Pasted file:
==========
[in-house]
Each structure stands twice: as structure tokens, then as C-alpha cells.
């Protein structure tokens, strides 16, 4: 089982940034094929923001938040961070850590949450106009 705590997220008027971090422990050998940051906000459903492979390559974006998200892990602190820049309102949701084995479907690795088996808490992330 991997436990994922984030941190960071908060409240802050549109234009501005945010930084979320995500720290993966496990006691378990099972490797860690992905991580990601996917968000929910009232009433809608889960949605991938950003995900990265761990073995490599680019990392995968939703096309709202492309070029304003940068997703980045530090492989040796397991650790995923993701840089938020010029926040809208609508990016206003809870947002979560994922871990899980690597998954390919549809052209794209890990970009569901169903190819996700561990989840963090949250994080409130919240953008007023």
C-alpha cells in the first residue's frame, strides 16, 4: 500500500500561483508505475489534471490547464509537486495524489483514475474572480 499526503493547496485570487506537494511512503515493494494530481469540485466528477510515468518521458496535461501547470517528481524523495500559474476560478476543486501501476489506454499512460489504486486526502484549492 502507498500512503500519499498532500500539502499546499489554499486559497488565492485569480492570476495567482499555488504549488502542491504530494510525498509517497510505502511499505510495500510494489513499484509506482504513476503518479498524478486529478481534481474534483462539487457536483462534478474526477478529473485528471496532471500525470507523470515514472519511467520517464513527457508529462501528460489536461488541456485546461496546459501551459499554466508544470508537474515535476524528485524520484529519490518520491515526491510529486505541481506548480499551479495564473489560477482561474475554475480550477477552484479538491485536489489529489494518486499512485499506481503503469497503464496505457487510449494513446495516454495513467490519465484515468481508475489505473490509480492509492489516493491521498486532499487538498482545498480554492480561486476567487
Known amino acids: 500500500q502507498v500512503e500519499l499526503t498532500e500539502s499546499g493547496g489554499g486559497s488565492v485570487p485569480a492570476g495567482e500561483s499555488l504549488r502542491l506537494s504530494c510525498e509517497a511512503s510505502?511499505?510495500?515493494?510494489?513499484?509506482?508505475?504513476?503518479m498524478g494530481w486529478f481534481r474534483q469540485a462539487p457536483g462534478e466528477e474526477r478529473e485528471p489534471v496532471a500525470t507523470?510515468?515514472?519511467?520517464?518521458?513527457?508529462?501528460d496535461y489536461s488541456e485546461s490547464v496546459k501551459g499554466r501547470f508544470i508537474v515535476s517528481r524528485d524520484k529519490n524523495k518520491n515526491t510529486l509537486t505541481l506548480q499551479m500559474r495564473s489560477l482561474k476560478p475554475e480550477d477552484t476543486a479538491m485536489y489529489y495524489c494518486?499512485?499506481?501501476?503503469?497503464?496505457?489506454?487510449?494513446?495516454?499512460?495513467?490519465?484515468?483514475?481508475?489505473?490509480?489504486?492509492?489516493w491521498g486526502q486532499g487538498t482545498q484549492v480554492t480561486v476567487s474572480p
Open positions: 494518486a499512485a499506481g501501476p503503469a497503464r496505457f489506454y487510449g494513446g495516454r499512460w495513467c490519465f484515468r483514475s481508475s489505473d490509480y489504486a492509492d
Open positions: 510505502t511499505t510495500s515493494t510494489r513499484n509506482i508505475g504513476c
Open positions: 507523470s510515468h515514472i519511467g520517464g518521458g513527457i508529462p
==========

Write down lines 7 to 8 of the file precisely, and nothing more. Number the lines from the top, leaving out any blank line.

Open positions: 510505502t511499505t510495500s515493494t510494489r513499484n509506482i508505475g504513476c
Open positions: 507523470s510515468h515514472i519511467g520517464g518521458g513527457i508529462p